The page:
Whatever the role of the warship, there’s still the requirement for professionals of all descriptions onboard, and in Navy’s combat support vessels communication is in high demand.
Leading Seaman Communication and Information Systems Richard Hankinson, is part of the ship’s company onboard HMAS Sirius, a replenishment and supply ship.
He has spent three years at sea, joining the Navy in February 2010 and has so far been part of 93 ship replenishments conducted while underway.
His role is to establish and maintain communications systems’ connectivity, operate strategic and tactical communications and process the information transmitted and received.
He previously served onboard HMAS Perth and is now training the next generation of Communication and Information Systems sailors onboard – a task of which he is most proud.
“I have really enjoyed my time in the Navy so far,” Leading Seaman Hankinson said.
And with the range of systems he can work with daily, spanning satellite and radio telegraphy, voice communication, and internet, he has an important role in a team ensuring essential information flows to enable the Navy to fight and win at sea.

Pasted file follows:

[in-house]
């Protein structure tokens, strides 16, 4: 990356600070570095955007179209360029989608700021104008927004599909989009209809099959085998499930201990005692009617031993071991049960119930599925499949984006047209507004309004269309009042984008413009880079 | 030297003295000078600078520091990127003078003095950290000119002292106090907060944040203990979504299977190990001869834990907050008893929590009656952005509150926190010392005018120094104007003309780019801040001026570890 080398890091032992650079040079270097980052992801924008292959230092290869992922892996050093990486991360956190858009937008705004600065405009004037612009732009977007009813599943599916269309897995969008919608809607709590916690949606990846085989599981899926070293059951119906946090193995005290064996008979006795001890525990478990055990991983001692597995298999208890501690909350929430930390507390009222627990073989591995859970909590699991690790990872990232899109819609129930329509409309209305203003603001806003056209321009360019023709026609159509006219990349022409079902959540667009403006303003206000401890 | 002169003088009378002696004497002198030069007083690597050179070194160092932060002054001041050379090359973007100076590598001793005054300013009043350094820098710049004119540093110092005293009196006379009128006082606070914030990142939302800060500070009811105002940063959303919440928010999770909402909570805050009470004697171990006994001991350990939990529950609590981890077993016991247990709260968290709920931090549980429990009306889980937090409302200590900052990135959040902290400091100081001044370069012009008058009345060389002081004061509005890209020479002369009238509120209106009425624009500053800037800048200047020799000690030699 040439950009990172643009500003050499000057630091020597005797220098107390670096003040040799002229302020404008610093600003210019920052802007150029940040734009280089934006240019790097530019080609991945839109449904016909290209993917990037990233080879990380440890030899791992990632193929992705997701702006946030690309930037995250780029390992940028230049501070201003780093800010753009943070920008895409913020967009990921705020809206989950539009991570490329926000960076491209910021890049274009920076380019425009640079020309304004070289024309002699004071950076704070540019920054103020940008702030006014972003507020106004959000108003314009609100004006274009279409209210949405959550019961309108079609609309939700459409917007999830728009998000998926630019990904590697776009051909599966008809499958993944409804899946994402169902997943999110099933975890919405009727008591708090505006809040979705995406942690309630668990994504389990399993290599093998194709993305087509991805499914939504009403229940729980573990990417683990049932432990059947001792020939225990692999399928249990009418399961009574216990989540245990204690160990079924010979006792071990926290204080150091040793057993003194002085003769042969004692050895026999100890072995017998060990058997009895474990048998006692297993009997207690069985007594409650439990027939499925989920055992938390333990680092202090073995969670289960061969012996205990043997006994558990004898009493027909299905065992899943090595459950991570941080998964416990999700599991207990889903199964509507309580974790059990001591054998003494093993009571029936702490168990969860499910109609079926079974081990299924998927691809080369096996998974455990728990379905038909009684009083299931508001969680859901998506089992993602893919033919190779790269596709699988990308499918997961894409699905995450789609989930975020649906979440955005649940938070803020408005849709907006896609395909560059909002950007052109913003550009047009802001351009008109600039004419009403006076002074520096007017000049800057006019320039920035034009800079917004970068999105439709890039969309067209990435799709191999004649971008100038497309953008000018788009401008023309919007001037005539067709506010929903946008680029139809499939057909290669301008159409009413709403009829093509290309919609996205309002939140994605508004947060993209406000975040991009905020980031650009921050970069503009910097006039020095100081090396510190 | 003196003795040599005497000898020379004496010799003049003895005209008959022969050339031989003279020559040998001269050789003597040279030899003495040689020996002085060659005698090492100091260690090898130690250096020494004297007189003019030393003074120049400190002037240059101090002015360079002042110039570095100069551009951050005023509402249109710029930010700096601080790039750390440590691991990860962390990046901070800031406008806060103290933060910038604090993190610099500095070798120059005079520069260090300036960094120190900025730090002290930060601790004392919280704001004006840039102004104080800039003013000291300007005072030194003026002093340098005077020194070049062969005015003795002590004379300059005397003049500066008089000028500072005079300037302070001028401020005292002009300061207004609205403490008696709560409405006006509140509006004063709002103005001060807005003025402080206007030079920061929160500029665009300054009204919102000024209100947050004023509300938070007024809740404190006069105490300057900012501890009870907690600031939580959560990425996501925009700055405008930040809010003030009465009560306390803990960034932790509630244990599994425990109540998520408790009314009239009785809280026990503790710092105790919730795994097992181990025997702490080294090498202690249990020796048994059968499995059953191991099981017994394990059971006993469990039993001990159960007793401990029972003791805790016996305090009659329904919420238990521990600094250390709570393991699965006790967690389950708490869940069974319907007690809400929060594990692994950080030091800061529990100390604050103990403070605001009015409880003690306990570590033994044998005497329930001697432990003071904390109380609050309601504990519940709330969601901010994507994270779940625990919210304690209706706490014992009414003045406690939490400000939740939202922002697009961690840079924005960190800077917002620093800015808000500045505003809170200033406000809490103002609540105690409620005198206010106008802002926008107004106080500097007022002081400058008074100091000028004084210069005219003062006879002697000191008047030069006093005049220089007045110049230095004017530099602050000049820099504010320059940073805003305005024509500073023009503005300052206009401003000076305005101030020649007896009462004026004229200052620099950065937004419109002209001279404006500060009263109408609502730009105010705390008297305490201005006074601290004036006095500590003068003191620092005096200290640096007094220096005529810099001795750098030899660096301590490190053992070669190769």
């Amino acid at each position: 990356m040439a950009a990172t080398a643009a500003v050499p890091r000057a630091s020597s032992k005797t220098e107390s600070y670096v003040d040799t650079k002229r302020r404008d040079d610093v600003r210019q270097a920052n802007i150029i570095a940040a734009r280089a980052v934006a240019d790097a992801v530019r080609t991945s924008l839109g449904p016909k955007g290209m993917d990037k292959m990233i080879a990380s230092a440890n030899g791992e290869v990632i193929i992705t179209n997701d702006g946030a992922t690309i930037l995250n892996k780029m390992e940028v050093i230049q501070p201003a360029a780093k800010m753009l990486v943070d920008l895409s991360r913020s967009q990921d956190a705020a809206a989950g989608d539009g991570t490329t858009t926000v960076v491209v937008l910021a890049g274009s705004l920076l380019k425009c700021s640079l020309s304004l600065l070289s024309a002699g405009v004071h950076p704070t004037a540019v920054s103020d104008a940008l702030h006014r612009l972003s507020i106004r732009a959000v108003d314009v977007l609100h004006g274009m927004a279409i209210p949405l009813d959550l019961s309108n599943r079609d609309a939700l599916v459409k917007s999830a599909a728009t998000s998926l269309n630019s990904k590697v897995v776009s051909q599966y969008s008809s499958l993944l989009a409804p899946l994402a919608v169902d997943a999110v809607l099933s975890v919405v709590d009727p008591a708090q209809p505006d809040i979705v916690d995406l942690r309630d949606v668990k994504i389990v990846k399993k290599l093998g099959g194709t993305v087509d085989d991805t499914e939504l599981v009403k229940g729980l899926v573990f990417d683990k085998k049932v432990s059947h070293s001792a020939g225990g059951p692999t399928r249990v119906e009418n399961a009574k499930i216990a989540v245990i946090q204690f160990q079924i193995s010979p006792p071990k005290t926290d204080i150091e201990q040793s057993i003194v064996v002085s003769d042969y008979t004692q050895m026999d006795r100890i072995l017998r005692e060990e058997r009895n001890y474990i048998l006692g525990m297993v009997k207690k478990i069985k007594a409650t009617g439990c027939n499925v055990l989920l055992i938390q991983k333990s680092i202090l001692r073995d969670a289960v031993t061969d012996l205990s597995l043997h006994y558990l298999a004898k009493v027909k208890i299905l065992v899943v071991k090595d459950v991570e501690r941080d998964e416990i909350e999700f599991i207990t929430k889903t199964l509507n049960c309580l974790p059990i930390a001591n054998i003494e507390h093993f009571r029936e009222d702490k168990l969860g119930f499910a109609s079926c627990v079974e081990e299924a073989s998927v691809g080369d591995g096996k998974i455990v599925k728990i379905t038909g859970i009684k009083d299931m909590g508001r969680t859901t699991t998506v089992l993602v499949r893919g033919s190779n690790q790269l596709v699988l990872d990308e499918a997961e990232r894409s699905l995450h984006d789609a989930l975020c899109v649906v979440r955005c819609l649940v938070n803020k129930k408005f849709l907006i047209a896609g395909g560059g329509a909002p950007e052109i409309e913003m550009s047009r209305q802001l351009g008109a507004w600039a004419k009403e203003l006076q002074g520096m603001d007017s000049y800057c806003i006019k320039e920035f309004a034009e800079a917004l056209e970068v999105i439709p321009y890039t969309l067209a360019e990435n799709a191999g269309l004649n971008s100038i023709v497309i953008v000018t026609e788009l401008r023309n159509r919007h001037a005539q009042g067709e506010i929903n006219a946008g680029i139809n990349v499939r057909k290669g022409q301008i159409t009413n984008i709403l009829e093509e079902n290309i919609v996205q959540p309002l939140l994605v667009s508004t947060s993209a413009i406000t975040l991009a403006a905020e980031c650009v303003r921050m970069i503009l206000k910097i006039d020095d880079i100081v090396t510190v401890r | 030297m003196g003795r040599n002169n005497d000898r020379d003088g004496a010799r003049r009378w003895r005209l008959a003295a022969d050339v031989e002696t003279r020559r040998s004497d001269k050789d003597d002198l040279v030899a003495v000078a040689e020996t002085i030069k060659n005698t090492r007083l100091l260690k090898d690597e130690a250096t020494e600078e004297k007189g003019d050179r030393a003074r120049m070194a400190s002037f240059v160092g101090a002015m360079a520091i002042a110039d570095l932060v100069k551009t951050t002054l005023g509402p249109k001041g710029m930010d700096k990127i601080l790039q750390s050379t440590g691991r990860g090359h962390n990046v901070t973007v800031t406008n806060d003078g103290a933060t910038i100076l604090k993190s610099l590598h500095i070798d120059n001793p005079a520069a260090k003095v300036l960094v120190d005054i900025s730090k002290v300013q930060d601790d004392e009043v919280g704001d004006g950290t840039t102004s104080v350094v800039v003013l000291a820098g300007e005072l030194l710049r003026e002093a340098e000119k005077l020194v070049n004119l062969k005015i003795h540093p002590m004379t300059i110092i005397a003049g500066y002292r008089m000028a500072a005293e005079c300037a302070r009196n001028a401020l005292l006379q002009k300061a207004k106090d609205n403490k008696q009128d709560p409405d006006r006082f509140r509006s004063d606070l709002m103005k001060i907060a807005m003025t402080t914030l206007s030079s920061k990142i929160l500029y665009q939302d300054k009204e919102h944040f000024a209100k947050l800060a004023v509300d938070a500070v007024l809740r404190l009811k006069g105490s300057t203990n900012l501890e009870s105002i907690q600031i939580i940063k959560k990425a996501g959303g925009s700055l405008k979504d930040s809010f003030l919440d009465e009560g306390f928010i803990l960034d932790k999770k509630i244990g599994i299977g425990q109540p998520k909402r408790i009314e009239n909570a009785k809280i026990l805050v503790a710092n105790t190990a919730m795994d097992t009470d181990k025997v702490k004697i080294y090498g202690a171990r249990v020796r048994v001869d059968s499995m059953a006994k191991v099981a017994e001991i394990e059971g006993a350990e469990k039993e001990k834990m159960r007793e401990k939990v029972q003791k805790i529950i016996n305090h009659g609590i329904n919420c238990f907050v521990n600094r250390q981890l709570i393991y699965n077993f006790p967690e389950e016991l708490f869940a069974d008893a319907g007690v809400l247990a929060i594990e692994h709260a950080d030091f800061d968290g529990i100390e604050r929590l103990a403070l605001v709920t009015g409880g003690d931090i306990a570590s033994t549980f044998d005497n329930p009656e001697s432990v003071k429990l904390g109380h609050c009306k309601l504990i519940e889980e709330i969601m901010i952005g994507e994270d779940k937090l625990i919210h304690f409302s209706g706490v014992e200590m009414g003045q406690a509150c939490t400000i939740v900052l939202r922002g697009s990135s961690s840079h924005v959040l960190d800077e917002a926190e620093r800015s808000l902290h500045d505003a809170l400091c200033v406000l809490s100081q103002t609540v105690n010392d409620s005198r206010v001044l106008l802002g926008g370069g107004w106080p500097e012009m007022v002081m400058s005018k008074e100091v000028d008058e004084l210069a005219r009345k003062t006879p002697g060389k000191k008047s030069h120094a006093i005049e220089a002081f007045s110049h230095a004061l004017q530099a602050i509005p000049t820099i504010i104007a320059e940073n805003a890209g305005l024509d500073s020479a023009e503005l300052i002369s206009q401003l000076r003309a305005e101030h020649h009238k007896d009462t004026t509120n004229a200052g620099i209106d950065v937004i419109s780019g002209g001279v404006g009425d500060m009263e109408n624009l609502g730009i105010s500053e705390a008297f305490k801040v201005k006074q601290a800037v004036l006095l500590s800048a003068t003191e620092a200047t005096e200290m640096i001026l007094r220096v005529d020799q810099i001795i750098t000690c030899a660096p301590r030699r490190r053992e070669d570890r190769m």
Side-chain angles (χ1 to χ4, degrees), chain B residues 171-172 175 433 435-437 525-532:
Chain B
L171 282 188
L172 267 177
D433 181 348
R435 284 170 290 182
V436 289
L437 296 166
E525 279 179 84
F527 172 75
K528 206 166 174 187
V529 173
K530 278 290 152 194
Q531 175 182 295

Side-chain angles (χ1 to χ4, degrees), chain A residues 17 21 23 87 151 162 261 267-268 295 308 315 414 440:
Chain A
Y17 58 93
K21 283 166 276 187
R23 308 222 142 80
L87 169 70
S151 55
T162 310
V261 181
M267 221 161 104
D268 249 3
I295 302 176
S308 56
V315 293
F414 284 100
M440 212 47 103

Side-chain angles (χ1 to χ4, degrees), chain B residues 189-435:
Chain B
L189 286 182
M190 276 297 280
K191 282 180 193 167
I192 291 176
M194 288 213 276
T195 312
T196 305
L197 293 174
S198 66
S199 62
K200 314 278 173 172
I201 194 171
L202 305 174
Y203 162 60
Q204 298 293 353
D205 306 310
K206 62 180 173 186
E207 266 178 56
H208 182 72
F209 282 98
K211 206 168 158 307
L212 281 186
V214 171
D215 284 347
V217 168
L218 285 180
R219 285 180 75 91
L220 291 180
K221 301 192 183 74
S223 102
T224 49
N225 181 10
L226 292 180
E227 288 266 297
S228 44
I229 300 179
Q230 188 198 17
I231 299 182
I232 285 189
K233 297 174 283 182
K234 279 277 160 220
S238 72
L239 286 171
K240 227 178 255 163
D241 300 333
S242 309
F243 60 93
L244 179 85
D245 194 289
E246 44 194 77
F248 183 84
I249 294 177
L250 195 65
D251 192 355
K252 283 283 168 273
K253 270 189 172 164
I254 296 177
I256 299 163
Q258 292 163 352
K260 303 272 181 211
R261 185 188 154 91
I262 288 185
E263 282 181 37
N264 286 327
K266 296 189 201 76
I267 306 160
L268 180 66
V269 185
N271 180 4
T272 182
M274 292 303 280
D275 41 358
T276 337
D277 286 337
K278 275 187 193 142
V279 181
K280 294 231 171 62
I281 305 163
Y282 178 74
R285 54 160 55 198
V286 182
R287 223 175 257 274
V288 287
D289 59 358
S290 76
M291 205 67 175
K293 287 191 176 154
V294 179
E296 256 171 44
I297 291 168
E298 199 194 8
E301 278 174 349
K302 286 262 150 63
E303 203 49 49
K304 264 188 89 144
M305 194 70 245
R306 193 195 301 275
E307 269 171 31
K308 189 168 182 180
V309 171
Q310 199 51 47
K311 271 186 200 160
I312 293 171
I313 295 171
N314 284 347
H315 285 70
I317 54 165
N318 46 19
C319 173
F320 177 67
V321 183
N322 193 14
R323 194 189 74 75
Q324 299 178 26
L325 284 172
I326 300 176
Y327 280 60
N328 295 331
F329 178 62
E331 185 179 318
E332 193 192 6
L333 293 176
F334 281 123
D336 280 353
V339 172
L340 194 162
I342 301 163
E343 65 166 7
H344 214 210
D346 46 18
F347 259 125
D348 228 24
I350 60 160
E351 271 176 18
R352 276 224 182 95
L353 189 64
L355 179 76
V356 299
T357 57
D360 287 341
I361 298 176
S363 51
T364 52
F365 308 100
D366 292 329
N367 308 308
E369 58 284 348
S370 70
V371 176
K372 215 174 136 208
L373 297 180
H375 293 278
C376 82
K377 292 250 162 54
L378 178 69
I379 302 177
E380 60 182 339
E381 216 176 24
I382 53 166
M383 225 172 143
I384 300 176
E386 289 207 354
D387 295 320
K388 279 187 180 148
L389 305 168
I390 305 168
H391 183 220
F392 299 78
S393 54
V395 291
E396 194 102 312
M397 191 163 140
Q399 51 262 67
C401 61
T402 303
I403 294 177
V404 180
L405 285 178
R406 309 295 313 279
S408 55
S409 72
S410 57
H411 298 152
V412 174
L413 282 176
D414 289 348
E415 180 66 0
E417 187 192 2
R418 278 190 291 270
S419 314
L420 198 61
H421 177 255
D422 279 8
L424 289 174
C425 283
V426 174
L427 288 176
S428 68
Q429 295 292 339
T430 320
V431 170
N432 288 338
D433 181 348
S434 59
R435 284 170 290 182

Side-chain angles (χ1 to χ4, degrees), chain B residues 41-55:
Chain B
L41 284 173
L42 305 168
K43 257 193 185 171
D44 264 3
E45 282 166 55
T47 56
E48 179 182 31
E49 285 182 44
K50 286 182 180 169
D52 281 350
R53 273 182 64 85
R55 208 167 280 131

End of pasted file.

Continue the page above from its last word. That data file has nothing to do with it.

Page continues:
“It is a fantastic career, one that has taught me a lot about myself as well as given me lots of amazing opportunities.
“The Navy made me into the person I am today - I love serving the nation and I am really motivated to continue to serve.”
The importance of communications is at it’s most acute when two ships are steaming side-by-side at speed connected by fuel transfer lines and kept apart by the expertise of their ships’ companies.
Sirius departed its home port of HMAS Stirling, in Western Australia in August and will return home in December - just in time for Christmas. Throughout this deployment, she has been supporting a multi-ship task group across the Asian region.
For more information on his role go to the Navy section of the Defence Jobs website.